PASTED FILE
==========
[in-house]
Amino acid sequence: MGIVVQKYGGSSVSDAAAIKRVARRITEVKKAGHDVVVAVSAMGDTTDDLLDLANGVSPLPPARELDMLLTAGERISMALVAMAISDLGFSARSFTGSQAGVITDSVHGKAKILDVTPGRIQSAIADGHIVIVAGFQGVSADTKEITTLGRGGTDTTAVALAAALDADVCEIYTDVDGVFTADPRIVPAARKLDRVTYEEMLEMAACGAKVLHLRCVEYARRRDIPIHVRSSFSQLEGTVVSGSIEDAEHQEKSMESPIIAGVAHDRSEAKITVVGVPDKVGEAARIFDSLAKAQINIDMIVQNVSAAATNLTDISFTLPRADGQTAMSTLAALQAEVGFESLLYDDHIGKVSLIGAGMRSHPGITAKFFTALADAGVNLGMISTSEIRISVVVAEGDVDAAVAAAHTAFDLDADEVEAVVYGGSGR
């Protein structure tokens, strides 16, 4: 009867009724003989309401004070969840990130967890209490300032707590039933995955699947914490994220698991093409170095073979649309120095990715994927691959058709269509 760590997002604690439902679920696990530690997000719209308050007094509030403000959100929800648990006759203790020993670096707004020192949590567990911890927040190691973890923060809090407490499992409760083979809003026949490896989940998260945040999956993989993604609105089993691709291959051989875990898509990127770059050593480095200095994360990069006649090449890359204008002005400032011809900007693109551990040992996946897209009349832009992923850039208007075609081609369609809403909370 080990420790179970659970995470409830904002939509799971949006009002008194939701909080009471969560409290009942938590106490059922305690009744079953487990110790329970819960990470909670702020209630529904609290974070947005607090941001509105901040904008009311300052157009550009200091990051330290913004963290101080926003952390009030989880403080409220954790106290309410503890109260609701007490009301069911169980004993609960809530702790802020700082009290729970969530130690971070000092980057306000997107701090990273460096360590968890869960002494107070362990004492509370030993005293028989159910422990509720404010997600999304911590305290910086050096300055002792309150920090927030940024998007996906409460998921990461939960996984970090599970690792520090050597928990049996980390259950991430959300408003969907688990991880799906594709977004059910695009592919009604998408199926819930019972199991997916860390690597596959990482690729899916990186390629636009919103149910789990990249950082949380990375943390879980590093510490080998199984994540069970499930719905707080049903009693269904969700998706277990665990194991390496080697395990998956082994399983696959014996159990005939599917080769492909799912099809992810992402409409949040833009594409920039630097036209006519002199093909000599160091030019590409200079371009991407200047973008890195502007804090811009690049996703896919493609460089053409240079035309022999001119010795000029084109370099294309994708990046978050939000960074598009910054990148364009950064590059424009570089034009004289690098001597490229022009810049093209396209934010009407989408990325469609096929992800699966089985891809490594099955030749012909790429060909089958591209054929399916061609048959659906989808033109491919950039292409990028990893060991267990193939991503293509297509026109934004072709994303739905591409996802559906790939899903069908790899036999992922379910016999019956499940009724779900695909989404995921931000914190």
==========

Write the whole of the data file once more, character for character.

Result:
[in-house]
Amino acid sequence: MGIVVQKYGGSSVSDAAAIKRVARRITEVKKAGHDVVVAVSAMGDTTDDLLDLANGVSPLPPARELDMLLTAGERISMALVAMAISDLGFSARSFTGSQAGVITDSVHGKAKILDVTPGRIQSAIADGHIVIVAGFQGVSADTKEITTLGRGGTDTTAVALAAALDADVCEIYTDVDGVFTADPRIVPAARKLDRVTYEEMLEMAACGAKVLHLRCVEYARRRDIPIHVRSSFSQLEGTVVSGSIEDAEHQEKSMESPIIAGVAHDRSEAKITVVGVPDKVGEAARIFDSLAKAQINIDMIVQNVSAAATNLTDISFTLPRADGQTAMSTLAALQAEVGFESLLYDDHIGKVSLIGAGMRSHPGITAKFFTALADAGVNLGMISTSEIRISVVVAEGDVDAAVAAAHTAFDLDADEVEAVVYGGSGR
């Protein structure tokens, strides 16, 4: 009867009724003989309401004070969840990130967890209490300032707590039933995955699947914490994220698991093409170095073979649309120095990715994927691959058709269509 760590997002604690439902679920696990530690997000719209308050007094509030403000959100929800648990006759203790020993670096707004020192949590567990911890927040190691973890923060809090407490499992409760083979809003026949490896989940998260945040999956993989993604609105089993691709291959051989875990898509990127770059050593480095200095994360990069006649090449890359204008002005400032011809900007693109551990040992996946897209009349832009992923850039208007075609081609369609809403909370 080990420790179970659970995470409830904002939509799971949006009002008194939701909080009471969560409290009942938590106490059922305690009744079953487990110790329970819960990470909670702020209630529904609290974070947005607090941001509105901040904008009311300052157009550009200091990051330290913004963290101080926003952390009030989880403080409220954790106290309410503890109260609701007490009301069911169980004993609960809530702790802020700082009290729970969530130690971070000092980057306000997107701090990273460096360590968890869960002494107070362990004492509370030993005293028989159910422990509720404010997600999304911590305290910086050096300055002792309150920090927030940024998007996906409460998921990461939960996984970090599970690792520090050597928990049996980390259950991430959300408003969907688990991880799906594709977004059910695009592919009604998408199926819930019972199991997916860390690597596959990482690729899916990186390629636009919103149910789990990249950082949380990375943390879980590093510490080998199984994540069970499930719905707080049903009693269904969700998706277990665990194991390496080697395990998956082994399983696959014996159990005939599917080769492909799912099809992810992402409409949040833009594409920039630097036209006519002199093909000599160091030019590409200079371009991407200047973008890195502007804090811009690049996703896919493609460089053409240079035309022999001119010795000029084109370099294309994708990046978050939000960074598009910054990148364009950064590059424009570089034009004289690098001597490229022009810049093209396209934010009407989408990325469609096929992800699966089985891809490594099955030749012909790429060909089958591209054929399916061609048959659906989808033109491919950039292409990028990893060991267990193939991503293509297509026109934004072709994303739905591409996802559906790939899903069908790899036999992922379910016999019956499940009724779900695909989404995921931000914190």